Premarket: Apple was red, turned green

apple premarket mcintosh 8-10-21From TheStreet's "Tesla Stock Active, Dow Futures Flat Amid Focus on Fed Tapering; Oil Rebounds" posted early Tuesday:

U.S. equity futures edged lower again Tuesday, while Treasury bond yields continued to creep higher, as markets approach an infection point predicated on changes to the Federal Reserve's extraordinary support programs.

A host of Fed officials spoke yesterday of the need to signal changes to the central bank's bond buying program, which is scooping up $120 billion a month in Treasury, agency and mortgage bonds in order to hold down market rates and add further support to corporate investment.

However, with recent employment reports suggesting the economy is bringing back nearly a 1 million new jobs each month, and inflation running at multi-year highs, officials including Raphael Bostic of the Atlanta Fed, Tom Barkin of Richmond and Boston Fed President Eric Rosengren are suggesting the time is right to being trimming purchases while plotting a path towards the first Fed rate hike since December 2018.

That has benchmark 10-year Treasury note yields back on the move Tuesday, rising to 1.33% in overnight trading, while the dollar index is marked at a three-week high of 93.02 against a basket of its global peers.

Stocks, meanwhile, are hovering at all-time highs near the tail end of a second quarter earnings season that is on pace to see collective S&P 500 profits rise 93.1% from last year to $439.5 billion.

My take: Moving sideways at low volume. UPDATE: Moving up.


  1. Gregg Thurman said:
    These pre-market reports crack me up. The authors of the attached reports have one, two, sometimes three reasons why the market is moving as it is.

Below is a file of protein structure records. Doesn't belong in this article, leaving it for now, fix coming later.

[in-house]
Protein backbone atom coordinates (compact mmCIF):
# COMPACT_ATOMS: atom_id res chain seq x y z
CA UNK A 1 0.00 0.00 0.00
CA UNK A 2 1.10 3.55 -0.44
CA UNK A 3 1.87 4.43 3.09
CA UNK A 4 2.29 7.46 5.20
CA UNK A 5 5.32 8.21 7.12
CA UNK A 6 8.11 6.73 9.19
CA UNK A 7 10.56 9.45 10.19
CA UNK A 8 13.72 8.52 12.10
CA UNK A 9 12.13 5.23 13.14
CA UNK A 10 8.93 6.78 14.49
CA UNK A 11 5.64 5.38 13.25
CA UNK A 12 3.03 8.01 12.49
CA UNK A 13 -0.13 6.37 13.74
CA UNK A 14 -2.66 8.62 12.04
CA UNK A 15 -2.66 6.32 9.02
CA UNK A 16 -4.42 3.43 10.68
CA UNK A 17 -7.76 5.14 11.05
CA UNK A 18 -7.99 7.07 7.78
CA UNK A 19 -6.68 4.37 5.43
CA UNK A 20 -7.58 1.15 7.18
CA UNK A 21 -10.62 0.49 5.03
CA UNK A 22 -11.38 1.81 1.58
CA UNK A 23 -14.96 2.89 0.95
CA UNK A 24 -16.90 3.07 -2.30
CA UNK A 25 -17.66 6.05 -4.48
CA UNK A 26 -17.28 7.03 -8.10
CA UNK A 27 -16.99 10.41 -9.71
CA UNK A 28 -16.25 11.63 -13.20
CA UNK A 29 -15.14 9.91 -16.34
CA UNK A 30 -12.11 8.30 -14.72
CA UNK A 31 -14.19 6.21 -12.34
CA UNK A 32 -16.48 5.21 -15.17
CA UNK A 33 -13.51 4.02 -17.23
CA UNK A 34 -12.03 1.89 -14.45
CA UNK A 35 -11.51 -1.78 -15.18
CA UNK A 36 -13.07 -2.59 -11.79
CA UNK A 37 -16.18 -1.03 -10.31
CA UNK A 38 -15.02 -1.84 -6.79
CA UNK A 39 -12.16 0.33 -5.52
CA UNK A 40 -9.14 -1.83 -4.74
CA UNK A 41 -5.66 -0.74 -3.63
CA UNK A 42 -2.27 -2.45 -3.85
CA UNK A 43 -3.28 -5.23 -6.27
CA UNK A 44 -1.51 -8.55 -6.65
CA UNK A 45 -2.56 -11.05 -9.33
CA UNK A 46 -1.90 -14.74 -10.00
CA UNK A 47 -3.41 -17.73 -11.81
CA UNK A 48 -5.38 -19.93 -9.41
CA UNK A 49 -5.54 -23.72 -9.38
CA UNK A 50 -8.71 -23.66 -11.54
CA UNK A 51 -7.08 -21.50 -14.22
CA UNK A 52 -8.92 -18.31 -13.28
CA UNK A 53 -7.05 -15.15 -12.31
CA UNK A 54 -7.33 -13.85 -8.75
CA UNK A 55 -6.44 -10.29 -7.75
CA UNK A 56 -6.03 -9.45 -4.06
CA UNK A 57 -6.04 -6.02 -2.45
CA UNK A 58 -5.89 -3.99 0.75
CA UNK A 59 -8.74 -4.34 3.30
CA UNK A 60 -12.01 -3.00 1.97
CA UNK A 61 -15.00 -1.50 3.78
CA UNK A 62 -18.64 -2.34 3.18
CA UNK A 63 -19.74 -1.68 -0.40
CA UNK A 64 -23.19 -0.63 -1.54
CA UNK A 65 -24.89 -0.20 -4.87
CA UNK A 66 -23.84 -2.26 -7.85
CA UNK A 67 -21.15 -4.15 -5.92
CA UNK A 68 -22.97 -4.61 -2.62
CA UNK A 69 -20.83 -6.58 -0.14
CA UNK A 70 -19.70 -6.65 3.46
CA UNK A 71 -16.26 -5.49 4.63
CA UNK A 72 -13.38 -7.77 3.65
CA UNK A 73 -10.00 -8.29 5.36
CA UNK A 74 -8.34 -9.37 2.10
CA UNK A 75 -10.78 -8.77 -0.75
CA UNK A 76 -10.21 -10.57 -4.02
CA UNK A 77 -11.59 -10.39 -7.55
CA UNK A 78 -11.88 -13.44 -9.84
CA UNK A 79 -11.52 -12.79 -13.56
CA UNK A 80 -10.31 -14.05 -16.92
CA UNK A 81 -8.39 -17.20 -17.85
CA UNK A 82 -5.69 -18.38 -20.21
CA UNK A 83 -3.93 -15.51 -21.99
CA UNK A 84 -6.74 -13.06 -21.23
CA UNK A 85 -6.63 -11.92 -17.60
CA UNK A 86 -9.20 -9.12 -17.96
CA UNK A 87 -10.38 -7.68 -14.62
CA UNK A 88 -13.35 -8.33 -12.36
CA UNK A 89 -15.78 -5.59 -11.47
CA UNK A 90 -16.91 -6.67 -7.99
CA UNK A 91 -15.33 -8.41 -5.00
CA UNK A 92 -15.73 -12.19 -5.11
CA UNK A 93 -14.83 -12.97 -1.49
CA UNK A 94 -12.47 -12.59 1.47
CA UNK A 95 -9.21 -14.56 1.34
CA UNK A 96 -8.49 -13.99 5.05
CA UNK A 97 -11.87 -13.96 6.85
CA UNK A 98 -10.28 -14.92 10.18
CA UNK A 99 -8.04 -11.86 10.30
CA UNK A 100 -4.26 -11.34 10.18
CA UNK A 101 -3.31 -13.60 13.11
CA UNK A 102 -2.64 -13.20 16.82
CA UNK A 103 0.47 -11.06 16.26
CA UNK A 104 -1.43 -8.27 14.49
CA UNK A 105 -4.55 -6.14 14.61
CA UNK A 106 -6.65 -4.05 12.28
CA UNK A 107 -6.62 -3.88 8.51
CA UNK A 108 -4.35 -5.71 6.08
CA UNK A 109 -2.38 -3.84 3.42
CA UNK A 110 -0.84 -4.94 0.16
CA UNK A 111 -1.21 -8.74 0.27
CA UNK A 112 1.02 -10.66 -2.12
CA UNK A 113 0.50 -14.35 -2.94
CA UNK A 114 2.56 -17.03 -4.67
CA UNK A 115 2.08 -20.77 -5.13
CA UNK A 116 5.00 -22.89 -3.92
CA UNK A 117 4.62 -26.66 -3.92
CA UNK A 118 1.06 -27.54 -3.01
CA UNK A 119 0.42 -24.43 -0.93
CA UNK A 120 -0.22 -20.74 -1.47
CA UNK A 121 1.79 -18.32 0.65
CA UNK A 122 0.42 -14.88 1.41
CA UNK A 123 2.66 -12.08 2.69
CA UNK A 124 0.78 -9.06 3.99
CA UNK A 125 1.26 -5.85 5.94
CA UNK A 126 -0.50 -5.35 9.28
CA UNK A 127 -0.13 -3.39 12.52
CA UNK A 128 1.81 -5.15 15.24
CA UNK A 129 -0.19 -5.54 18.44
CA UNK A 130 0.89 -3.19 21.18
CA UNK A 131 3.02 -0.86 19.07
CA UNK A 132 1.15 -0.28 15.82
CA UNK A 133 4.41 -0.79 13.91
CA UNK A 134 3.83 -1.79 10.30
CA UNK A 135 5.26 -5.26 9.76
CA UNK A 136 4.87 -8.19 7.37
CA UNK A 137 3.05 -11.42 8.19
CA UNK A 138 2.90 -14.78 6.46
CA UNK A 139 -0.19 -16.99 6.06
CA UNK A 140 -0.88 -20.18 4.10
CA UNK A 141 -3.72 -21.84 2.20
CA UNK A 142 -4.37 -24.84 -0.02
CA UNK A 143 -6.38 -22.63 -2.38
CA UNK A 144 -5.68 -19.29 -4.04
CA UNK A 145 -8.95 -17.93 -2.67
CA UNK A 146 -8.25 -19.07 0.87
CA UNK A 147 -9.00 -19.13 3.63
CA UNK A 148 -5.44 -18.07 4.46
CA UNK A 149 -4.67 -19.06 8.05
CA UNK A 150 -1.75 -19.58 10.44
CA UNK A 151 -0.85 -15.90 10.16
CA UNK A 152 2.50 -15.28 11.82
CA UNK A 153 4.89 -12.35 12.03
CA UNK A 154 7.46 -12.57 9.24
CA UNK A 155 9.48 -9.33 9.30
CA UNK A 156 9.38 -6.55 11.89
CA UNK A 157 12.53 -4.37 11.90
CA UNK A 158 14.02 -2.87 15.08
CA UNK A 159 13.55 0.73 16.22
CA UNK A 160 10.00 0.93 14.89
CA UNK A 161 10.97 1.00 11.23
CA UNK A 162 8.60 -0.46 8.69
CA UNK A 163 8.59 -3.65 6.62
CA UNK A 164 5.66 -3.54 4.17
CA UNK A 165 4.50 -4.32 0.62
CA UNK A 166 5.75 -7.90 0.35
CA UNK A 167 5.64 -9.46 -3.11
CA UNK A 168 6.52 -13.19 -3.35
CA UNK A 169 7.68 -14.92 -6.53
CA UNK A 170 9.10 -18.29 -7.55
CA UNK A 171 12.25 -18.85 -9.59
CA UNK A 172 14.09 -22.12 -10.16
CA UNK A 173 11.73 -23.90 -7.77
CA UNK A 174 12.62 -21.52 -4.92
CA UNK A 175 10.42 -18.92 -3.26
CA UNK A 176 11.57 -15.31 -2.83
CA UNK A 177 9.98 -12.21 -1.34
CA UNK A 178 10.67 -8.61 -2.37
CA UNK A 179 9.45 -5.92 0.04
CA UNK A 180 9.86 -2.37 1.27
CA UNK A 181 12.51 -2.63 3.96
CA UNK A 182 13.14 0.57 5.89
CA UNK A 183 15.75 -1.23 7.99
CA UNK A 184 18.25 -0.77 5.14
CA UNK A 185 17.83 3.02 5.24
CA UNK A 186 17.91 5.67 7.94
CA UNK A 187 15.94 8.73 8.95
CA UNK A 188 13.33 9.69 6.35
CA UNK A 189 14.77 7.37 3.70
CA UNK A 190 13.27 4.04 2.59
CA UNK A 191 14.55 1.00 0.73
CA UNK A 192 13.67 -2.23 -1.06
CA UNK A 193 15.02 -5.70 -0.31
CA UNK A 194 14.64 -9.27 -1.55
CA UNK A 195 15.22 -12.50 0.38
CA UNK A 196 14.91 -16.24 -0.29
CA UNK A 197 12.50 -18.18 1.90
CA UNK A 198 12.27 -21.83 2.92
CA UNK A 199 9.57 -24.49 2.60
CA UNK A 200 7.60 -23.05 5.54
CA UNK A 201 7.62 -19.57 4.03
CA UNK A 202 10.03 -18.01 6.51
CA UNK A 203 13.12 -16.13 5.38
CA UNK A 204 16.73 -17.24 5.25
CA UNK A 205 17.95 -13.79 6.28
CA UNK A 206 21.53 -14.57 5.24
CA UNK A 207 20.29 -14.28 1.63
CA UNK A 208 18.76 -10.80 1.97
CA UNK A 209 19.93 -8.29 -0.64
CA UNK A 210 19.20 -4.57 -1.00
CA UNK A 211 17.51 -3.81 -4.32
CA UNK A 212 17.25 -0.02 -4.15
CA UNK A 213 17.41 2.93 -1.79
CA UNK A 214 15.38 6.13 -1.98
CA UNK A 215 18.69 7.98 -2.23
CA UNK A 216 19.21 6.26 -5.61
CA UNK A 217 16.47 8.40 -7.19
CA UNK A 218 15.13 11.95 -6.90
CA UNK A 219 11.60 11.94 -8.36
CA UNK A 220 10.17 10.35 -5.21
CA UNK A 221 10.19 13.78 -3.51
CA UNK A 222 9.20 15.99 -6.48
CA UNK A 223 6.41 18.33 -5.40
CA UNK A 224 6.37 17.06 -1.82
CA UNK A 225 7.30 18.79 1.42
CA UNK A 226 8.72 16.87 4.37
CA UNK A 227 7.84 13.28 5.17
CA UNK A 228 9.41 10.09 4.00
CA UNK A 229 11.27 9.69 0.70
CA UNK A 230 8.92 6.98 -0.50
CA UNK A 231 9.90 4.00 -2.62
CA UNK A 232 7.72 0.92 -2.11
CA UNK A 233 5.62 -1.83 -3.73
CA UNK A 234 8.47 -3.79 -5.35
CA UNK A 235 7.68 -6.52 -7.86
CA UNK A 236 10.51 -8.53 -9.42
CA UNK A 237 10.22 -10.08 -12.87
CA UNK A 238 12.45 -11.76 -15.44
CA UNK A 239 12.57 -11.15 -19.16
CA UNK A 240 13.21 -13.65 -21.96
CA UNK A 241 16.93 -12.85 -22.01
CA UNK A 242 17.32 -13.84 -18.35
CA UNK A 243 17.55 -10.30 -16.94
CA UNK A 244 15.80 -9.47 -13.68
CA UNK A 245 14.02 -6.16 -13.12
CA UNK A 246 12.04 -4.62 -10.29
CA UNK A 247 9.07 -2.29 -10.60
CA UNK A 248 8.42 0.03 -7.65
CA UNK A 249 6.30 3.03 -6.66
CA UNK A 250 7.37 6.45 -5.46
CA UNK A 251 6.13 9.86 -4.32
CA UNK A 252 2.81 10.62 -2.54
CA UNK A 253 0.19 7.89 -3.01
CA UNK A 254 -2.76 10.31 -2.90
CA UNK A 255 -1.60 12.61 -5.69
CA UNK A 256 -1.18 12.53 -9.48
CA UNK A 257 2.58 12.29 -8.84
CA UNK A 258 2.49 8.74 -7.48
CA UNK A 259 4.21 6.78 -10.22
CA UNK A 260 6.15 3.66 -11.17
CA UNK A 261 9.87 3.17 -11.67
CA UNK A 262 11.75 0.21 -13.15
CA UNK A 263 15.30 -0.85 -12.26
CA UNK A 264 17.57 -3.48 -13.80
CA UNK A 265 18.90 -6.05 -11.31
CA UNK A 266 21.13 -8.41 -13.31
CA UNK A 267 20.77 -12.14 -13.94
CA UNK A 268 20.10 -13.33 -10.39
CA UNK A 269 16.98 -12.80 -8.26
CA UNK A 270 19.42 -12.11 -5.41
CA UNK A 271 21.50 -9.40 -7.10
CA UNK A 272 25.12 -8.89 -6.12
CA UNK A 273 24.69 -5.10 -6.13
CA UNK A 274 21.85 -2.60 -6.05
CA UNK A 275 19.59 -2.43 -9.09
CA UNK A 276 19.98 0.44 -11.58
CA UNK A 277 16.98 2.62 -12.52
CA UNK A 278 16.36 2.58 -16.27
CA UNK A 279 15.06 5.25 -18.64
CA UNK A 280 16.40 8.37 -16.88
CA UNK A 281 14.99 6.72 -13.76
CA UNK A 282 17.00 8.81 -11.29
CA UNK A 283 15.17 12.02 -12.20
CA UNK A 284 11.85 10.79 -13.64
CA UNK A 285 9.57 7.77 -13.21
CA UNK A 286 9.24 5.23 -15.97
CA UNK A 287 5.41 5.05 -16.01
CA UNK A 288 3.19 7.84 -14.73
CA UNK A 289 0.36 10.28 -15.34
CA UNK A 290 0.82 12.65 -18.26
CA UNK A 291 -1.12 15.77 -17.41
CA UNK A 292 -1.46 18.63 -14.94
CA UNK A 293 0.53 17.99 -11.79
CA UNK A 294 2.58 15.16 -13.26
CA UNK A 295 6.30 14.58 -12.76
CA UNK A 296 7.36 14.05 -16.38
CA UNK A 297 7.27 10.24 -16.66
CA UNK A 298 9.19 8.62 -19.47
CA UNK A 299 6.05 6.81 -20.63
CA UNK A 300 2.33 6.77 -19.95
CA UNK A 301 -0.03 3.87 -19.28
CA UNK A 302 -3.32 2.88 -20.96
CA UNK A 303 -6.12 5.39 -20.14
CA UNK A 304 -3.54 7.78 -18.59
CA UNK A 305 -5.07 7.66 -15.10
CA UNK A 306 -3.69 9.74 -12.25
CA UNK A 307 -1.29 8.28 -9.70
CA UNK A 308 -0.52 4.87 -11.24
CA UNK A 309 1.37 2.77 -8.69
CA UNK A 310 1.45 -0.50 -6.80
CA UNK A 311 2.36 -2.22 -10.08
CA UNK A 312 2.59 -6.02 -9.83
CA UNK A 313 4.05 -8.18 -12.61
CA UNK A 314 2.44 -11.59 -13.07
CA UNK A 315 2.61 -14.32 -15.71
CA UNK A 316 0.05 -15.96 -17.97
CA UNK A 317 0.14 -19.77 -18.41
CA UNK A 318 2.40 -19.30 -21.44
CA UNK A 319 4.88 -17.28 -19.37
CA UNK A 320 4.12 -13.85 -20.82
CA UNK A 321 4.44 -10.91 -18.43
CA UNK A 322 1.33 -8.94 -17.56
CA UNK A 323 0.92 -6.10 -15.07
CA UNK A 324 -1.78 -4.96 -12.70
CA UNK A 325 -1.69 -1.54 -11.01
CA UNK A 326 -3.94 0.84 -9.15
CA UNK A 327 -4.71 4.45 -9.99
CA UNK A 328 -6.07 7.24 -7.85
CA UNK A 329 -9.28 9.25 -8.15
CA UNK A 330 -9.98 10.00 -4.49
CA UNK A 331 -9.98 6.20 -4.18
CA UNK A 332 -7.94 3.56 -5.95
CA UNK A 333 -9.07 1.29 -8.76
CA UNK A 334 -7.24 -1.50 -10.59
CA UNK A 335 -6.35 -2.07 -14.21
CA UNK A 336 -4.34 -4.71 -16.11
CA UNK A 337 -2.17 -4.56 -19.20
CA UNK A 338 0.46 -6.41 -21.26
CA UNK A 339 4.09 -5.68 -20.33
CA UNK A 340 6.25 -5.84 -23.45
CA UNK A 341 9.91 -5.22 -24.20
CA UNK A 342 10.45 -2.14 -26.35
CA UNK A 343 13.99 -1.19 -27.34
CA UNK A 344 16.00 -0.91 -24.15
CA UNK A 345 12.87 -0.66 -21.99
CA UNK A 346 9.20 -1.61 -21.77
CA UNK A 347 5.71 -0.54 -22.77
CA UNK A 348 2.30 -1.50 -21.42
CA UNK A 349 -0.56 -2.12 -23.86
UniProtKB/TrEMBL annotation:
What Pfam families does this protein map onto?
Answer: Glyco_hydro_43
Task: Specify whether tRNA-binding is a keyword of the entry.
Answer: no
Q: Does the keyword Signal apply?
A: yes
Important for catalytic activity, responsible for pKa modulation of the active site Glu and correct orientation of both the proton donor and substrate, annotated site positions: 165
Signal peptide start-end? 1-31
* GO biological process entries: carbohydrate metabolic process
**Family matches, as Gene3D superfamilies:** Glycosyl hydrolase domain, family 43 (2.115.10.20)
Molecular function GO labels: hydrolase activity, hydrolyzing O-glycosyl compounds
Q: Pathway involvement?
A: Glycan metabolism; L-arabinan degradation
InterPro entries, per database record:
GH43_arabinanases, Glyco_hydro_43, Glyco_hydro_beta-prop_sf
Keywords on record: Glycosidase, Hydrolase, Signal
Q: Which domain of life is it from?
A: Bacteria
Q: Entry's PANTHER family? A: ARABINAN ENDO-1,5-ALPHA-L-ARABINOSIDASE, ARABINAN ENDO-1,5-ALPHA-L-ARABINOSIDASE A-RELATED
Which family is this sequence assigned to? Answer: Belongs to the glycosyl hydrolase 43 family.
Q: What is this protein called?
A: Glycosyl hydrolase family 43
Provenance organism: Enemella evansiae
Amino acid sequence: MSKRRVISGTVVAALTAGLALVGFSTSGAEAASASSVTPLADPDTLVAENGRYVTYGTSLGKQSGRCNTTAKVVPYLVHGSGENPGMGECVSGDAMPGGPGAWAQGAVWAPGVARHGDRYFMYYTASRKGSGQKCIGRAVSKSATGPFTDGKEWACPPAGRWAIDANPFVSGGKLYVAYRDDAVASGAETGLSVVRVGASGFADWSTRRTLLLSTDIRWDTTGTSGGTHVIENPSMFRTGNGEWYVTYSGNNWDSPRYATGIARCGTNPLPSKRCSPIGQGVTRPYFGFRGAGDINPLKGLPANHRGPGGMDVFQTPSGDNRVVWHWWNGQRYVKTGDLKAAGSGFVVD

Tomorrow pre-market will be green and the author will attribute that action to a reversal of today’s reasons.

    The reality is that the author doesn’t know apples from oranges, but he/she writes convincingly and with the air of authority, or I like to say, they are real good at faking sincerity.

    BTW, pre-market is now GREEN. So much for your today’s reasoning.

    August 10, 2021
  2. Jerry Doyle said:
    Trying to forecast market trends is an art, not a science by any means. It is for this reason that I place little value into algorithms that some of my friends use to trade and invest; nor do I embrace fully prognostications by WS analysts, media personalities or well known reputable billionaire investors — they just don’t know definitively what is going to transpire.

    Geo-political events can turn markets on a dime. Weather disasters and natural calamities can affect segments of markets where one is invested. Supply and demand factors in supply chains can turn investment matters upside down. Company related factors, the Gregg T investors’ sentiment, Fed decisions, interest rates, exchange rates, inflation and a multitude of economic factors all overnight can affect the best laid investment plans.

    My investment theory is to look in the rear view mirror more than out the front windshield. Track records of companies’ performance during good economic times as well as during economic stress (think Covid-19) is something to embrace. The quality of their products and services and the demand for such is material to me. Their ability to produce all those fundamentals of revenues, earnings, cash on hand, buybacks, and favorable public repute. The CEO and senior executive team and how their performance effect the positive of staffs to the lowest level in the organization. I could go on and enumerate many more factors.

    Making a good and solid investment is easy, but attempting to predict the market is a moving target in the murky night sky.

    August 10, 2021

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